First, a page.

No, Showing Identification is Not a 'Poll Tax'

Discussion in 'Race Relations/Racism' started by M.D. Rawlings, Aug 28, 2011.

  1. M.D. Rawlings
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    M.D. Rawlings Classical Liberal

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    3:49 PM, Aug 28, 2011 • By MARK HEMINGWAY
    The Weekly Standard



    Excerpt:

    However, just getting to the crux of the debate, almost all of the criticisms of voter ID laws boil down to someone causually throwing around the racism charge. Charges of racism are not only unfounded, but it's a convenient way to cloud the issue by claiming it's a choice between showing ID and disenfranchising minorities. But it's increasingly common that you have to show photo ID even to use a credit card -- I doubt most Americans see this as an unnecessarily burdensome requirement.​

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    John Lewis' idiocy
     
  2. Immanuel
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    Immanuel Gold Member

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    1) I am for Voter ID Laws
    2) I think that requiring someone to purchase an ID in order to vote could technically be considered a poll tax.
    3) I am not opposed to providing free of charge an ID that allows voting privileges even to the point of having a mobile operation in each county as part of the DMV that provides the service to appease the whiners who for some reason think that the poor can get an ID in order to cash their Welfare Checks, but can't get one to vote. Note this ID would not be usable for anything except voting privileges.

    Immie
     
  3. Chris
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    Chris Gold Member

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    We believe Wisconsin’s new voter ID law is overly burdensome on voters and that the state is simply unequipped to administer this law and ensure legal voters will not be disenfranchised or subject to a poll tax. We continue to confer with legal counsel about what potential legal challenges can be made against Gov. Scott Walker’s voter suppression bill.

    The bill originally was based on Indiana’s voter ID bill. According to the U.S. Supreme Court case upholding Indiana’s bill, the lower court found that “99 percent of Indiana’s voting age population already possesses the necessary photo identification to vote under the requirements.” The Supreme Court concluded that Indiana’s law was constitutional, specifically because so few Indianans were without the state-issued photo identification.

    Wisconsin’s population is substantially less likely to have a state-issued identification. A University of Wisconsin-Milwaukee study showed the following about those without state-issued driver’s license and who would need to obtain photo identification under the Wisconsin voter ID bill:

    • Over 178,000 elderly Wisconsinites.

    • 17 percent of white men and women.

    • 55 percent of African-American men and 49 percent of African-American women.

    • 46 percent of Hispanic men and 59 percent of Hispanic women.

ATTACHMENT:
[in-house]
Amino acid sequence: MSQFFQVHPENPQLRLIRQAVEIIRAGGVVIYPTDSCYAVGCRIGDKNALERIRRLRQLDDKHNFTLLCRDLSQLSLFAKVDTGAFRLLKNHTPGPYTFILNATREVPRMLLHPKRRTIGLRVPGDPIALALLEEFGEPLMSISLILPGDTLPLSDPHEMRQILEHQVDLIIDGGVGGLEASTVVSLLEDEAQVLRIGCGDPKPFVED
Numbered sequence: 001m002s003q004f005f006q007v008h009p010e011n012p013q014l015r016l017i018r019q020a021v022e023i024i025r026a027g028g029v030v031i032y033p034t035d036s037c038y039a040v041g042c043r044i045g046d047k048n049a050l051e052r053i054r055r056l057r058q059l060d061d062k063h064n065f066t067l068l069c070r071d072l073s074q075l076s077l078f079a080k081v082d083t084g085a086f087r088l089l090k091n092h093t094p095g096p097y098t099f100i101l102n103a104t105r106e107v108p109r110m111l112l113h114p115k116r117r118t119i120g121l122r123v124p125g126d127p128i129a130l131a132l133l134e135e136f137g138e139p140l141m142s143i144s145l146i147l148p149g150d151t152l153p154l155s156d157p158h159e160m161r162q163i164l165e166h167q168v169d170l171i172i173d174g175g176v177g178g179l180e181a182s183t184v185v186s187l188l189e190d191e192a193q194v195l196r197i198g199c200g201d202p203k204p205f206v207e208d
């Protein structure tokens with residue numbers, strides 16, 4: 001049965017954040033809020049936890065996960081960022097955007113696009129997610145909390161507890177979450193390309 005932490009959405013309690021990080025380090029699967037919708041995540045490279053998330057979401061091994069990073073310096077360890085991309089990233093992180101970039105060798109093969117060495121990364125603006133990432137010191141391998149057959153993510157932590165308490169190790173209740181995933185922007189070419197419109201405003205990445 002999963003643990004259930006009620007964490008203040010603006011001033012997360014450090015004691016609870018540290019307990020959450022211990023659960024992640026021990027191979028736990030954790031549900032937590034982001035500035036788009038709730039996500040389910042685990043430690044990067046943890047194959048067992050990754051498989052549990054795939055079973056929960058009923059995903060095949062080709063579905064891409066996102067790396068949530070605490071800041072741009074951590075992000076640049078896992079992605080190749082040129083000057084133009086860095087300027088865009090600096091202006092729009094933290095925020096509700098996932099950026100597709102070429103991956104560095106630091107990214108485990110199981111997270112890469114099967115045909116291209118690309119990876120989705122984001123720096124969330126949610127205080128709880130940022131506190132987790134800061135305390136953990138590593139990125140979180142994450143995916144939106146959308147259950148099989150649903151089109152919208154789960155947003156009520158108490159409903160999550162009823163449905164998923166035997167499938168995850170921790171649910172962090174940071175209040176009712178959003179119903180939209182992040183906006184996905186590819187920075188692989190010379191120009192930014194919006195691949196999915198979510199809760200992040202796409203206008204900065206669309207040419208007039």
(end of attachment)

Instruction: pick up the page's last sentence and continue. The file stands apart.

• 78 percent of African-American men age 18-24 and 66 percent of African-American women age 18-24.

    Additional statistics about Wisconsin lack of accessible Division of Motor Vehicles offices compared to Indiana:

    • 26 percent of Wisconsin’s 91 DMVs are open one day a month or less, while none of Indiana’s are open less than 100 days a year and nearly all are open over 250 days a year.

    • Wisconsin has only one DMV with weekend hours, while Indiana has 124 offices with weekend hours.

    • Three Wisconsin counties have no DMVs, no Indiana county is without a DMV.

    • Over half of Wisconsin’s 91 DMVs are open on a part-time basis, while Indiana provides full-time DMVs in every county.

    Republican claims of widespread voter irregularity have long been debunked. After a two-year investigation, Republican Attorney General J.B. Van Hollen has found only 11 potentially improper votes cast out of nearly 3 million votes in 2008. The former Wisconsin U.S. attorney under George W. Bush, Steve Biskupic, concluded after a similar investigation that there was no widespread voter fraud.

    Scot Ross: Why voter ID bill may be unconstitutional
     
  4. Chris
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    Chris Gold Member

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    A dozen nuns and an unknown number of students were turned away from polls Tuesday in the first use of Indiana's stringent voter ID law since it was upheld last week by the U.S. Supreme Court.

    The nuns, all residents of a retirement home at Saint Mary's Convent near Notre Dame University, were denied ballots by a fellow sister and poll worker because the women, in their 80s and 90s, did not have valid Indiana photo ID cards.

    Nuns Voter Id | ID law keeps nuns, students from polls - Los Angeles Times
     
  5. imbalance
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    imbalance Silver Member

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    If I didn't have an ID and the election rolled around, my first thought would be to get an ID. It wouldn't even occur to me to bitch about needing an ID to vote.
     

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